Friday, July 3, 2009

Villagers take up arms against US forces

The big news on the front pages is the huge US-led assault on Helmand province, now into its second day. The CBC today also featured the operation in tones that convey a smooth victory for the occupiers, with the only possible problem being that the American forces "may have difficulty garnering community support." The New York Times has a far, far more critical take on it, as we'll see.

As an antiwar project, this blog has for some time now observed several obvious themes of the war in Afghanistan which the mass media have almost entirely ignored, despite plenty of evidence and despite plenty of respectable observers who acknowledge certain unsaid facts. Some of these are: that a majority of Afghans, especially in the south, now oppose the foreign occupation of their country; that the disastrous occupation and the disastrous government it underwrites are driving more young men into the insurgency; that foreign soldiers are committing war crimes; and that the insurgents which foreign troops are fighting are not foreign agitators but homegrown, local fighters driven to armed resistance largely because of the occupation itself.

In a very important article in the New York Times by Carlotta Gall, an experienced correspondent, all of these themes are vividly illustrated:

U.S. Faces Resentment in Afghan Region
By Carlotta Gall - The New York Times

LASHKAR GAH, July 2 - The mood of the Afghan people has tipped into a popular revolt in some parts of southern Afghanistan, presenting incoming American forces with an even harder job...

Villagers in some districts have taken up arms against foreign troops to protect their homes or in anger after losing relatives in airstrikes, several community representatives interviewed said. Others have been moved to join the insurgents out of poverty or simply because the Taliban’s influence is so pervasive here...

Yet Taliban control of the countryside is so extensive in provinces like Kandahar and Helmand that winning districts back will involve tough fighting and may ignite further tensions, residents and local officials warn...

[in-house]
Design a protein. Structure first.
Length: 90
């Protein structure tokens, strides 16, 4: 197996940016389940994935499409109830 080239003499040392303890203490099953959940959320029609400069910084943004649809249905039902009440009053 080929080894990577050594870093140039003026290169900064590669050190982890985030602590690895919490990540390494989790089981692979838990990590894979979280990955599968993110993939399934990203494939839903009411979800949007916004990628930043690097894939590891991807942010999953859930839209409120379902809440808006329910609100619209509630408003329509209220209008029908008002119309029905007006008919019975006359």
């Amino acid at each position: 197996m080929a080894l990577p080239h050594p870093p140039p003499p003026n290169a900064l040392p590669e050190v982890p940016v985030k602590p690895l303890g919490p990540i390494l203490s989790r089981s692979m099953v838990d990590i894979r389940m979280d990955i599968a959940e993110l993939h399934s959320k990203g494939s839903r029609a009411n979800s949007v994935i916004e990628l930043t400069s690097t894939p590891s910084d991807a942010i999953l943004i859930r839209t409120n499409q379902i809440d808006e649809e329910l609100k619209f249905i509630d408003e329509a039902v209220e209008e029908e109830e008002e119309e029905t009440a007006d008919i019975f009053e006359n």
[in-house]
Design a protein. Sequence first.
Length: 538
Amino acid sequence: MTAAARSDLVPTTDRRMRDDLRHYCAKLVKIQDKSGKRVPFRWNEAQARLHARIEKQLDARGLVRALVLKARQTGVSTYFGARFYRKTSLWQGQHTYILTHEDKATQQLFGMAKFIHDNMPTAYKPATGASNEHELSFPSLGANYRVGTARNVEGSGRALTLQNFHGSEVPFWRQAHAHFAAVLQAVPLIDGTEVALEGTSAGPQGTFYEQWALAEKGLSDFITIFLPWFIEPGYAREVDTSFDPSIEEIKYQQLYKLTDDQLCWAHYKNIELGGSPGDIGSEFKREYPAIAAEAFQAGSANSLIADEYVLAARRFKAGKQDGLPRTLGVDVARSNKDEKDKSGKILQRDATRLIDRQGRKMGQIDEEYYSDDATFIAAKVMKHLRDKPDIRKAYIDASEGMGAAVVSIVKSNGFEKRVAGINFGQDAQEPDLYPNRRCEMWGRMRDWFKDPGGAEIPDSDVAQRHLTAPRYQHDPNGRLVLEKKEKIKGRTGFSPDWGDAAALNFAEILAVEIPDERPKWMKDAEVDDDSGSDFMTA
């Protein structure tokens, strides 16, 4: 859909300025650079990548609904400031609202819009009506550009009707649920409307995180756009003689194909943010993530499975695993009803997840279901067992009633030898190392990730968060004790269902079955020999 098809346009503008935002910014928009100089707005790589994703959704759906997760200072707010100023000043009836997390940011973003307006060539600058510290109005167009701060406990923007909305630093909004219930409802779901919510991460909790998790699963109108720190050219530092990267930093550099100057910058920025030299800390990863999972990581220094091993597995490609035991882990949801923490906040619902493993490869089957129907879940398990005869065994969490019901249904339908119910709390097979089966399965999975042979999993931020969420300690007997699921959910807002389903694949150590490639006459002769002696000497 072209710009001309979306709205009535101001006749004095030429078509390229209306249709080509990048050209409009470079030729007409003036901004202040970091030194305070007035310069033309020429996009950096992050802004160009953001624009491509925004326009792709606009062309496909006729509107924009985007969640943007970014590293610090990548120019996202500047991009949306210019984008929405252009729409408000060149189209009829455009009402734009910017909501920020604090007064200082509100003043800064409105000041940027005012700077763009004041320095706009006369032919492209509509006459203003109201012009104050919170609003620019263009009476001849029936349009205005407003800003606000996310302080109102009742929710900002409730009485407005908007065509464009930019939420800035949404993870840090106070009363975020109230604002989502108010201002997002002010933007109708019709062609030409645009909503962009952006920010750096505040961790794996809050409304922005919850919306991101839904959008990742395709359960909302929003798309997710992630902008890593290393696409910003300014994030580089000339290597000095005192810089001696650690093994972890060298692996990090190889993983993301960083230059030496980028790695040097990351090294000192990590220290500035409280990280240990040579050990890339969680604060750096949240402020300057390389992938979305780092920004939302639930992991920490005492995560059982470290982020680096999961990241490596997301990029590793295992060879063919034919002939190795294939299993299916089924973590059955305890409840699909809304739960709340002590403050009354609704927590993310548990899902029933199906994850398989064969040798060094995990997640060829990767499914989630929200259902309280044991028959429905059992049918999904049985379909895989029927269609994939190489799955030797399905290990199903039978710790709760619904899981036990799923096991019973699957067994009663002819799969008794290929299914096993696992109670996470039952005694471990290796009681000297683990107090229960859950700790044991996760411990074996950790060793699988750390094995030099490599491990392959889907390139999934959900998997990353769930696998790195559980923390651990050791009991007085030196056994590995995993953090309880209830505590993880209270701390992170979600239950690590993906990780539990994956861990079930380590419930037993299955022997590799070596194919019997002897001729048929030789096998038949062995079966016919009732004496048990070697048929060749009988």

Taliban influence is so strong in rural areas that much of the local population has accepted their rule and is watching the United States troop build-up with trepidation. Villagers interviewed in late June said that they preferred to be left alone under Taliban rule and complained about artillery and airstrikes by foreign forces. “We Muslims don’t like them — they are the source of danger,” said Hajji Taj Mohammed, a local villager, of the foreign forces. His house in Marja, a town west of this provincial capital that ...

“Now there are more people siding with the Taliban than with the government,” said Abdul Qader Nurzai, head of the Afghan Independent Human Rights Commission in southern Afghanistan.

In many places, people have never seen or felt the presence of the Afghan government, or foreign forces, except through violence, but the Taliban are a known quantity, community leaders said...

People from Marja said that foreign troops carrying out counter-narcotics operations conducted nighttime raids on houses, shot people dead inside their homes and used dogs that bit the occupants.

“The people are very scared of the night raids,” said Spin Gul, a farmer from the area. “When they have night raids, the people join the Taliban and fight.”

“Who are the Taliban? They are local people,” interjected another man who did not give his name...

Fazel Muhammad, a member of the district council of Panjwai, an area west of Kandahar city where three years of fighting have ruined livelihoods, said he knew people who were laying mines for the Taliban in order to feed their families. He estimated that 80 percent of insurgents were local people driven to fight out of poverty and despair. Offered another way out, only 2 percent would support the Taliban, he said... (link)
Note the claims of the people from Marja, a village just outside of Lashkar Gah, Helmand's main town. Their description of foreign forces entering houses and killing civilians might sound to some rather far-fetched, but similar accusations have been levelled before by civilians just to the south of them, down the Helmand River in Toube. At the time, British army officials said they were "taking seriously" the allegations of a massacre in Toube and began an investigation.

When UN Special Rapporteur for Extrajudicial Killings Phillip Alston later visited Afghanistan, he investigated the Toube incident among other allegations of killings. While he found no evidence to support the claims of deliberate killings, his inquiries were stymied by military officials from Canada and elsewhere. Despite this, it was apparent to Alston that foreign intelligence forces were acting with impunity in parts of Afghanistan.

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